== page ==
19. Tamerlano act 2 amica son quella superba donna? - English Baroque Soloists
  20. Tamerlano act 2 no che sei tanto costante nella l - English Baroque Soloists
  21. Tamerlano act 2 si si son vendicata - English Baroque Soloists
  22. Tamerlano act 2 cor di padre e cor d amante - English Baroque Soloists

Disque : 3

  1. Tamerlano act 3 figlia siam rei io di schernito s - English Baroque Soloists
  2. Tamerlano act 3 su la sponda del pigro lete - English Baroque Soloists
  3. Tamerlano act 3 andronico il mio amore - Derek Ragin
  4. Tamerlano act 3 a dispetto dun volto ingrato - English Baroque Soloists
  5. Tamerlano act 3 lempieta de ministri - English Baroque Soloists
  6. Tamerlano act 3 vivo in te mio caro bene ! - English Baroque Soloists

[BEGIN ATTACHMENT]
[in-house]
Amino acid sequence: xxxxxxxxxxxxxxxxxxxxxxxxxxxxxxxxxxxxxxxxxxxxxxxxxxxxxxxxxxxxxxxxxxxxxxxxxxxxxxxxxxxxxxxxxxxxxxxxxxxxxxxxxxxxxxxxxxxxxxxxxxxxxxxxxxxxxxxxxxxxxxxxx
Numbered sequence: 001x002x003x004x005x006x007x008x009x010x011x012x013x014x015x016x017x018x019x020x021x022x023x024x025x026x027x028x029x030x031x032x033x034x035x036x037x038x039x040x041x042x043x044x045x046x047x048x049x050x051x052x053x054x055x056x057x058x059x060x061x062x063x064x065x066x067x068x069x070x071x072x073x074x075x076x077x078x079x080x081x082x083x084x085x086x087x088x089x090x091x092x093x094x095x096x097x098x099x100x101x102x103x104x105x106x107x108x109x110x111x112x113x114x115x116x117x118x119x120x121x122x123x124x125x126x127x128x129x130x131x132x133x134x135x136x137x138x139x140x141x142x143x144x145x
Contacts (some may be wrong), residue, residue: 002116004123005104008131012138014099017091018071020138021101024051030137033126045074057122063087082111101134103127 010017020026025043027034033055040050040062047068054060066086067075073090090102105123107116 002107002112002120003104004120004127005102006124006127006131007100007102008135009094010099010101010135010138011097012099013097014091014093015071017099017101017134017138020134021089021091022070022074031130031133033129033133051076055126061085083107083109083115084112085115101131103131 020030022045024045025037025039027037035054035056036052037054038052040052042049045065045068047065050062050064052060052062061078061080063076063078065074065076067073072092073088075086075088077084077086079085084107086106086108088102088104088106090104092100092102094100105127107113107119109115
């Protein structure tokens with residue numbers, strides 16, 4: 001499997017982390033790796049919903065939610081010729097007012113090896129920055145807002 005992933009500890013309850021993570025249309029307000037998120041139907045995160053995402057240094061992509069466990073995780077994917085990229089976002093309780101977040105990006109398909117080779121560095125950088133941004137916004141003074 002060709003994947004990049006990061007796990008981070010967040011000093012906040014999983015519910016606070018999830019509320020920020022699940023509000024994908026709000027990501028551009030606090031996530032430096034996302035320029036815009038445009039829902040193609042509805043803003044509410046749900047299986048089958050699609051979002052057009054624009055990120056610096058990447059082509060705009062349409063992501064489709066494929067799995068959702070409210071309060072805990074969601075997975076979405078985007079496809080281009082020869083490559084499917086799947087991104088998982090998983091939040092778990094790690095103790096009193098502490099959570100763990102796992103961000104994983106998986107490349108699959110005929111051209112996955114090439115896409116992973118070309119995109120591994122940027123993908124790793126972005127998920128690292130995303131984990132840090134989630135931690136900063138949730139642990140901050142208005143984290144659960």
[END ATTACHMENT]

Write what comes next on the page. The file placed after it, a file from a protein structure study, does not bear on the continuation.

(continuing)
7. Tamerlano act 3 eccoti bajazete - Derek Ragin
  8. Tamerlano act 3 eccomi che si chiede ? - Derek Ragin
  9. Tamerlano act 3 padre amante - Derek Ragin
  10. Tamerlano act 3 e il soffrirete - English Baroque Soloists
  11. Tamerlano act 3 empio per farti guerra - English Baroque Soloists
  12. Tamerlano act 3 signor fra tante cure - Derek Ragin
  13. Tamerlano act 3 vieni asteria - Derek Ragin
  14. Tamerlano act 3 oh per me lieto - Derek Ragin
  15. Tamerlano act 3 barbaro al fin sei sazio ancor ? - English Baroque Soloists
  16. Tamerlano act 3 padre amato in me riposa - English Baroque Soloists
  17. Tamerlano act 3 io piu non posso vivere - Derek Ragin
  18. Tamerlano act 3 coronata di gigli e di rose - Derek Ragin
  19. Tamerlano act 3 ora invitta regina - Derek Ragin
  20. Tamerlano act 3 datra notte gia mirasi a scorno - Derek Ragin